Your customers, prospects, and partners are the lifeblood of your business. You need to build your marketing strategy around them. Step 1 of marketing is understanding what your customers want, which can be challenging when you’re dealing with such a diverse audience. This guide will walk you through (1) the process of building personal connections at scale and (2) crafting customer value propositions that funnel back to ROI for your company. Get Started
Much of this is steeped in buyer psychology. The best marketers in the world know that there is a psychological process that must occur for prospects to whip out those credit cards and turn into buyers or even hyper-active buyers. One such person whose perfected this process is Russell Brunson, an "underground entrepreneur" who founded a company called ClickFunnels, a sales funnel SaaS business that empowers marketers from around the world to build marketing automation without all the hassle. 

Cost per mille, often abbreviated to CPM, means that advertisers pay for every thousand displays of their message to potential customers (mille is the Latin word for thousand). In the online context, ad displays are usually called "impressions." Definitions of an "impression" vary among publishers,[62] and some impressions may not be charged because they don't represent a new exposure to an actual customer. Advertisers can use technologies such as web bugs to verify if an impression is actually delivered.[63][64]:59 Similarly, revenue generated can be measured in Revenue per mille (RPM).[65]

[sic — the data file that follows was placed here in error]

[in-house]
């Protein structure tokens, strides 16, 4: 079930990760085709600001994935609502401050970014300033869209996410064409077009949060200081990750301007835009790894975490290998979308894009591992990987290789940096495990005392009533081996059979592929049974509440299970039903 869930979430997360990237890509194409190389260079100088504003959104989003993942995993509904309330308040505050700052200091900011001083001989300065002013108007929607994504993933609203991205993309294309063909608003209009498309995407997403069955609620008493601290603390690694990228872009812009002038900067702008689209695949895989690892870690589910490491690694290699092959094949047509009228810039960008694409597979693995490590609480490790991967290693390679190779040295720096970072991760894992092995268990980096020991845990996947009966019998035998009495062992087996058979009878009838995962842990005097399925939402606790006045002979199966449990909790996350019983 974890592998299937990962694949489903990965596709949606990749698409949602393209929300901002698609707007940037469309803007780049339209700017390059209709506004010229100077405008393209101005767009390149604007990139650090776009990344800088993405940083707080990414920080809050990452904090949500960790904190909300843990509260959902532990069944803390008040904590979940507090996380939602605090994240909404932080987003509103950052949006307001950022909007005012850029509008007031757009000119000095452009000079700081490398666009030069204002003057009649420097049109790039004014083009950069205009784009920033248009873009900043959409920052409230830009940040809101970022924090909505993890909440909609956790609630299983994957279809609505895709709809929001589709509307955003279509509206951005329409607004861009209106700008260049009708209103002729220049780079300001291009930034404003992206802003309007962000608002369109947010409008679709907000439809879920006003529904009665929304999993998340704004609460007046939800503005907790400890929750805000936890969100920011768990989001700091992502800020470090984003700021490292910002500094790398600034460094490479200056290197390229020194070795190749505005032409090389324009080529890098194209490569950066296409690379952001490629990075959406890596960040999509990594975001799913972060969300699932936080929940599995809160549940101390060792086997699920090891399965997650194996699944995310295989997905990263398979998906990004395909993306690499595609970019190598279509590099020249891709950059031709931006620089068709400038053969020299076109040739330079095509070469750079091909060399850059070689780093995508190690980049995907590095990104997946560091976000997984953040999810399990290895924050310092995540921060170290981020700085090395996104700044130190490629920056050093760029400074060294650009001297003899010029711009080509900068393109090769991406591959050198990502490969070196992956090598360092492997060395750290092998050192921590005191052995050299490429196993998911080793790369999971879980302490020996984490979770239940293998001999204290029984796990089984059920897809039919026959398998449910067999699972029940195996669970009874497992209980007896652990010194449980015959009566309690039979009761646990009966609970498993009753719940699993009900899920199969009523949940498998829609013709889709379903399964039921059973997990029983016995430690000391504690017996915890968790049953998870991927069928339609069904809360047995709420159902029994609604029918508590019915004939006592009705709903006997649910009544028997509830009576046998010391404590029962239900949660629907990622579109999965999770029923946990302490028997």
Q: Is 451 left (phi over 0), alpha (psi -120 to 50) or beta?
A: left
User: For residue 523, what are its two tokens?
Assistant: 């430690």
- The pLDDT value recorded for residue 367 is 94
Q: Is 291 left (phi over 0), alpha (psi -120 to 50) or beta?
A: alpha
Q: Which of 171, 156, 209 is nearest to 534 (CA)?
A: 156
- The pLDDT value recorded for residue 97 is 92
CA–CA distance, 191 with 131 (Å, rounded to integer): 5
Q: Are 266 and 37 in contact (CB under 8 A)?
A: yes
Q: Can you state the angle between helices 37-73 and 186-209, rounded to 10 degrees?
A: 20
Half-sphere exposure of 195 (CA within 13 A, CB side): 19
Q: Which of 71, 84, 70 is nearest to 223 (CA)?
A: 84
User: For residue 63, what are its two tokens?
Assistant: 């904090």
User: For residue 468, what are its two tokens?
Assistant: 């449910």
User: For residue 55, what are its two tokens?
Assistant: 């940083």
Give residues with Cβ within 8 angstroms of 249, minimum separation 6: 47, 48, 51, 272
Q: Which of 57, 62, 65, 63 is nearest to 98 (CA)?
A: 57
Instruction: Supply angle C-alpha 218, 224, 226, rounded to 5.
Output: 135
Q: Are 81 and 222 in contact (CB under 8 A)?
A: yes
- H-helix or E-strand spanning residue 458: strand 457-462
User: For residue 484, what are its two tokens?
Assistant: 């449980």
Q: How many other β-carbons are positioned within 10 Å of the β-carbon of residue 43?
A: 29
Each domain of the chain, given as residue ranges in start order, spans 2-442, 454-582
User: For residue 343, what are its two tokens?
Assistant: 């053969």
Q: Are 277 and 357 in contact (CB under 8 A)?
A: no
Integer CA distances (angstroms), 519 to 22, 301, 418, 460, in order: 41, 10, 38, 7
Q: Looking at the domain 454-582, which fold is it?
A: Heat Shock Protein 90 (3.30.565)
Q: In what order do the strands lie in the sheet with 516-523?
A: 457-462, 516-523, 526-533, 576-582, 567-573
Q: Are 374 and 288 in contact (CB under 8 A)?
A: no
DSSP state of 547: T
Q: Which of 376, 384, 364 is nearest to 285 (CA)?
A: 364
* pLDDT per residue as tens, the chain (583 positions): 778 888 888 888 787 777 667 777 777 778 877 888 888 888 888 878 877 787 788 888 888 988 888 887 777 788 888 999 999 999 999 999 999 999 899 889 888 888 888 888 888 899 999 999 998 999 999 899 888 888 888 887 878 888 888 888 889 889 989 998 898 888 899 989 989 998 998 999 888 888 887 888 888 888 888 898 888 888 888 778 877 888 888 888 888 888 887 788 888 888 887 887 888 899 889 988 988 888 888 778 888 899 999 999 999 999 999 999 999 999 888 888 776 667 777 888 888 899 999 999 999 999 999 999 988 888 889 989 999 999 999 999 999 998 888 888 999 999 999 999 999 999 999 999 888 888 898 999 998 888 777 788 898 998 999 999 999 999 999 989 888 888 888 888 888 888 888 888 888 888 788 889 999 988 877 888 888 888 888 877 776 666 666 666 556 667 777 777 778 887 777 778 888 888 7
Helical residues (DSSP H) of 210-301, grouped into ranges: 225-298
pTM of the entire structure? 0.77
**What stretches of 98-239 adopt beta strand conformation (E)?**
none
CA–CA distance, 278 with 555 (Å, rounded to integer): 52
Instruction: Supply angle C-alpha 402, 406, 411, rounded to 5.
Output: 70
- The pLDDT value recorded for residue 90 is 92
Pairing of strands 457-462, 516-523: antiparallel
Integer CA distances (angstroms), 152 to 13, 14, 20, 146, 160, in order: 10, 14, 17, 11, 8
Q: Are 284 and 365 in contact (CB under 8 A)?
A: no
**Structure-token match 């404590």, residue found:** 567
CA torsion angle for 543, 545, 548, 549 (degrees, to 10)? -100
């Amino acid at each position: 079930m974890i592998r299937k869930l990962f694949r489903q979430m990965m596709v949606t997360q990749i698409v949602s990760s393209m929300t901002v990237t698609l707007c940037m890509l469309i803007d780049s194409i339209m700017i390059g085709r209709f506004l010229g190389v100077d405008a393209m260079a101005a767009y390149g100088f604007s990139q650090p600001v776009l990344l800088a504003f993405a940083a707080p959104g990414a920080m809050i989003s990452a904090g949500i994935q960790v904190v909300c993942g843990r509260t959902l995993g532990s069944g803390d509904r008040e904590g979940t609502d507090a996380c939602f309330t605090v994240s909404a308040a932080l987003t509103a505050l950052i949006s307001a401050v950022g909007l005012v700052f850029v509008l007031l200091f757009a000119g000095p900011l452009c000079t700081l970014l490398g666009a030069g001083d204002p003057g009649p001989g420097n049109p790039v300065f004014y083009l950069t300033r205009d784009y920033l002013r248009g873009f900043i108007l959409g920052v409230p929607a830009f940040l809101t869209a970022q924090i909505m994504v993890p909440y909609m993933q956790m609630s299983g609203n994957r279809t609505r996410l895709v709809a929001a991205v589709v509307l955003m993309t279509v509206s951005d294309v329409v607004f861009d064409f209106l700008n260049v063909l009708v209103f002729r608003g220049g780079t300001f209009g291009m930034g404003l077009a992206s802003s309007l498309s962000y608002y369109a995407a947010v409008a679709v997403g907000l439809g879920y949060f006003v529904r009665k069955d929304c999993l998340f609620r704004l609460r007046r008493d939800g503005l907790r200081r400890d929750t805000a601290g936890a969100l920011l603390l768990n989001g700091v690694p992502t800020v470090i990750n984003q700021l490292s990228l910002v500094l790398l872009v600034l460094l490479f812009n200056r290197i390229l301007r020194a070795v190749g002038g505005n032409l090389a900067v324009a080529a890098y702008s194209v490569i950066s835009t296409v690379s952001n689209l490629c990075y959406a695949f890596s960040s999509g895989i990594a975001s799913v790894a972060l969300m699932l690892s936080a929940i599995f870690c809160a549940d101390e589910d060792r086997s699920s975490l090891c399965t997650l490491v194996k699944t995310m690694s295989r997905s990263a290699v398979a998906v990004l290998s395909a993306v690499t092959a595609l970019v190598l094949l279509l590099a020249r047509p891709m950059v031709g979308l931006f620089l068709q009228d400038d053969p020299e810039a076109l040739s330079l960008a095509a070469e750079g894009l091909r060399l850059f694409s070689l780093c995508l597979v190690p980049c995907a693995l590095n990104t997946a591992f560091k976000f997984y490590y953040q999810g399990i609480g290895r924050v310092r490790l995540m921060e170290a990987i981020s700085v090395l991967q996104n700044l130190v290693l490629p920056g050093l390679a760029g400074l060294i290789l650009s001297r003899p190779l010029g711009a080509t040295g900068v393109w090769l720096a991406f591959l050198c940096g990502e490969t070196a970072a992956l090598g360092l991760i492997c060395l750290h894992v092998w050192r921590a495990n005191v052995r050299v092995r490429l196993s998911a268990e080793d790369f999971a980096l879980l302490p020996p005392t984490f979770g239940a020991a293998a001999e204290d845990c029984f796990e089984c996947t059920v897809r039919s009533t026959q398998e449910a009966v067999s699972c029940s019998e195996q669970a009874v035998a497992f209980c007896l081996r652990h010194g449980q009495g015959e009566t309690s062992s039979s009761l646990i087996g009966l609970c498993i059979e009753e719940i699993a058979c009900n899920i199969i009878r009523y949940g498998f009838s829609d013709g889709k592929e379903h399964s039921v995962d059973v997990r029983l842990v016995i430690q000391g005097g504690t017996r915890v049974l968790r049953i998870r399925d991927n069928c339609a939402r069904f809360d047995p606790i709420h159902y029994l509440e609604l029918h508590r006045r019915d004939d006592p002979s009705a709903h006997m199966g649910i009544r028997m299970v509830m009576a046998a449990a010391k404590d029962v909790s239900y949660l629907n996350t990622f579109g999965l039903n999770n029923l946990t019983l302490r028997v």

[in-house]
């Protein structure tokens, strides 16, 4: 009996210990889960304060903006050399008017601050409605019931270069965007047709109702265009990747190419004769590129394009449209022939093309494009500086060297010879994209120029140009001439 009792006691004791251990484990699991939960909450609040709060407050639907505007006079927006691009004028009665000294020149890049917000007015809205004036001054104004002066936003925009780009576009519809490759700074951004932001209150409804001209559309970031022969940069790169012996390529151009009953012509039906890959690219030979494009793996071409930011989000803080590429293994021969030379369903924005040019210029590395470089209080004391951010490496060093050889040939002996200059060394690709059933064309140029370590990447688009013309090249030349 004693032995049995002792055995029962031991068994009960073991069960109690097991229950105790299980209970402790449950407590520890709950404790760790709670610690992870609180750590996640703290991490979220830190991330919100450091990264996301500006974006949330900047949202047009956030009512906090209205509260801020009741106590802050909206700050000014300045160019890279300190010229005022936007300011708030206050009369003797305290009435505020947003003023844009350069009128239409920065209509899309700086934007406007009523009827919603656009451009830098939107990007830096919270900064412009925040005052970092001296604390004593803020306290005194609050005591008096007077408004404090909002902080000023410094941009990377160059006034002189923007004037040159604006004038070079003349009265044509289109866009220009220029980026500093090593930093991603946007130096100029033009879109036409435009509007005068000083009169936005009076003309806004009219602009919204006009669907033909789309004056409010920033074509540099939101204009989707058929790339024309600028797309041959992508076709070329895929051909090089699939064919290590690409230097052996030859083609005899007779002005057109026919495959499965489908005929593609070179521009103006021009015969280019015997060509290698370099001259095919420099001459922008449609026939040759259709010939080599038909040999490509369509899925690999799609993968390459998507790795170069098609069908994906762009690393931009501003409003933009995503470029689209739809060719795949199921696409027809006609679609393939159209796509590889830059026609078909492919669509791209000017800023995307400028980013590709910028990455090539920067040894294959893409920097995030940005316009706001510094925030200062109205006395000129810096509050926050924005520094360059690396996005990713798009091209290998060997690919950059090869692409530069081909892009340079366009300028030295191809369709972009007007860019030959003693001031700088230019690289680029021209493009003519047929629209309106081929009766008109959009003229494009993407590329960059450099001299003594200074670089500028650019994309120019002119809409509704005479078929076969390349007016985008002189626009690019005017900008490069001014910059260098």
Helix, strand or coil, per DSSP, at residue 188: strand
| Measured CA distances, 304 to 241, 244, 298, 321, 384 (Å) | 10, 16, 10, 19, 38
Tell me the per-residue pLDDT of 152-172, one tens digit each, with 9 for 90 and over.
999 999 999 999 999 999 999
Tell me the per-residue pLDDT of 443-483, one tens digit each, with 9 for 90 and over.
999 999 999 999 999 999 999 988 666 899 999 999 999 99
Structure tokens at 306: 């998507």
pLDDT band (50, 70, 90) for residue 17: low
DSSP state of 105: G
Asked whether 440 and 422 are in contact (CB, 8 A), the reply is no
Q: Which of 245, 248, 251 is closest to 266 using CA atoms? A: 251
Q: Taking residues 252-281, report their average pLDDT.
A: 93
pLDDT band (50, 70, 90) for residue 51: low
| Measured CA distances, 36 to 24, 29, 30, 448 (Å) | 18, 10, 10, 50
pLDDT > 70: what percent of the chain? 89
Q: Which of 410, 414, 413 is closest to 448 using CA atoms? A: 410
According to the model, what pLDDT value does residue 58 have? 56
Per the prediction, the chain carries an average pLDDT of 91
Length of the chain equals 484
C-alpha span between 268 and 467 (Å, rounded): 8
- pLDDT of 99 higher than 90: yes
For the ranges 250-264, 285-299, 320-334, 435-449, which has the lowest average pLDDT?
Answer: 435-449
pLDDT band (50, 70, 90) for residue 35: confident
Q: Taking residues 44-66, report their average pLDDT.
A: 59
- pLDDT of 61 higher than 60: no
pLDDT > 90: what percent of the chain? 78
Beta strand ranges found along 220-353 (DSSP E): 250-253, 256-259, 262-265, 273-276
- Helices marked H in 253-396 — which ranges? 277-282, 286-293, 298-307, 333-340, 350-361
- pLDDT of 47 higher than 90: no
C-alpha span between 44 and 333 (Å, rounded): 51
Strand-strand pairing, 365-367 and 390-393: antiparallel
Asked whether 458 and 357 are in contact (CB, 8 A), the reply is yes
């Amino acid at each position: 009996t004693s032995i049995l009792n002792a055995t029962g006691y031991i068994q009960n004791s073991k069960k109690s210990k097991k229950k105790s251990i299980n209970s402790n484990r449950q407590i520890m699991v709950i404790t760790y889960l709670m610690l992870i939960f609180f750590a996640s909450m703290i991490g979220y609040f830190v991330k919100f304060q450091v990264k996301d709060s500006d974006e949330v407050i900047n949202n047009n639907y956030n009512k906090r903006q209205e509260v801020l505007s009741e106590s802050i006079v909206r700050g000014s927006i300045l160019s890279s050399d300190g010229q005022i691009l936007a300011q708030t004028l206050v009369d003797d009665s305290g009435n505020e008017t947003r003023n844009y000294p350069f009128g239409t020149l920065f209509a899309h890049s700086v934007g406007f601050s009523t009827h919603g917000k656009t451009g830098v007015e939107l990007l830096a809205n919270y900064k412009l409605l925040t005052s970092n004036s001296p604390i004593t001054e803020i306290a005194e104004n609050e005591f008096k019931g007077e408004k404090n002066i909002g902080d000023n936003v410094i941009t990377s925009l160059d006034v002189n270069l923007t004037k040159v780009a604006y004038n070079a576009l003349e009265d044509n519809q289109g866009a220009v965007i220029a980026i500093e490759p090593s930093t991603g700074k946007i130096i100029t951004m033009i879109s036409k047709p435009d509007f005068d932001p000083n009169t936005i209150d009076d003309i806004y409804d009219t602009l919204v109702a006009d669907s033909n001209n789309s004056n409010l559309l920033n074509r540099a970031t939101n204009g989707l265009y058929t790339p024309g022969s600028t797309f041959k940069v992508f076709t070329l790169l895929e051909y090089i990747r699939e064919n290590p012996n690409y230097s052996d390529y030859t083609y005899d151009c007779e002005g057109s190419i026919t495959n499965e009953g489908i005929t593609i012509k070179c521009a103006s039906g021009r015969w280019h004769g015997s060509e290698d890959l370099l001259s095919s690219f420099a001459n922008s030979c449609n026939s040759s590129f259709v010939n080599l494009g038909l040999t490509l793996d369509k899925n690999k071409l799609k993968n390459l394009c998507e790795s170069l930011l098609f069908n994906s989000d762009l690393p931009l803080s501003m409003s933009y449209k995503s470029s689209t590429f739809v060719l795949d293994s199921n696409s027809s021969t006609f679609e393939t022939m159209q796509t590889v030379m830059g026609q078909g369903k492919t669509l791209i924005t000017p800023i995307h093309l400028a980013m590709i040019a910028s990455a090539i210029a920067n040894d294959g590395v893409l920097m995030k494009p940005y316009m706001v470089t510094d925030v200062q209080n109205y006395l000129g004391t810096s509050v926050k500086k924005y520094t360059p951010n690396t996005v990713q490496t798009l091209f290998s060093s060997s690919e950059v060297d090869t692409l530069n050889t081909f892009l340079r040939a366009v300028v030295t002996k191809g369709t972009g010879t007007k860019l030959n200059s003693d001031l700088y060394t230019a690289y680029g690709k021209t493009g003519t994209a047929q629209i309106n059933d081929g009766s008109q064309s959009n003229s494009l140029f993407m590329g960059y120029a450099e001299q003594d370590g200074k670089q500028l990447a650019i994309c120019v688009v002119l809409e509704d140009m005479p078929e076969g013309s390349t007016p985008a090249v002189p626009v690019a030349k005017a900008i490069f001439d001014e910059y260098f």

Much of this is steeped in buyer psychology. The best marketers in the world know that there is a psychological process that must occur for prospects to whip out those credit cards and turn into buyers or even hyper-active buyers. One such person whose perfected this process is Russell Brunson, an "underground entrepreneur" who founded a company called ClickFunnels, a sales funnel SaaS business that empowers marketers from around the world to build marketing automation without all the hassle. 
When I’m doing research for a piece I’m going to write, I’ll send emails out to influencers who are authorities in the area I’m writing about. I’ll ask them for a quote to include in the blog post, and ask them a single question – this is how I do it, if you’re interested. I don’t worry too much about non-responses or rejections, because as long as a few of them write back, I’ve got a solid contribution for my post. Because they’re authority figures, it not only lends the article credibility, but if they happen to share the post, I’ll get exposure to their audience as well.
Try to find groups on Facebook that are super topically relevant to your niche—and join the ones that have a lot of engaged members who appear to be within your target audience. Like on Reddit though, you’ll want to focus on engaging with the community by liking and commenting on others’ posts and building up a rapport for weeks (or months) before ever promoting your own content and trying to use the group to drive traffic to your blog. Group moderators are well-versed in spotting members who are there to shamelessly self-promote. 
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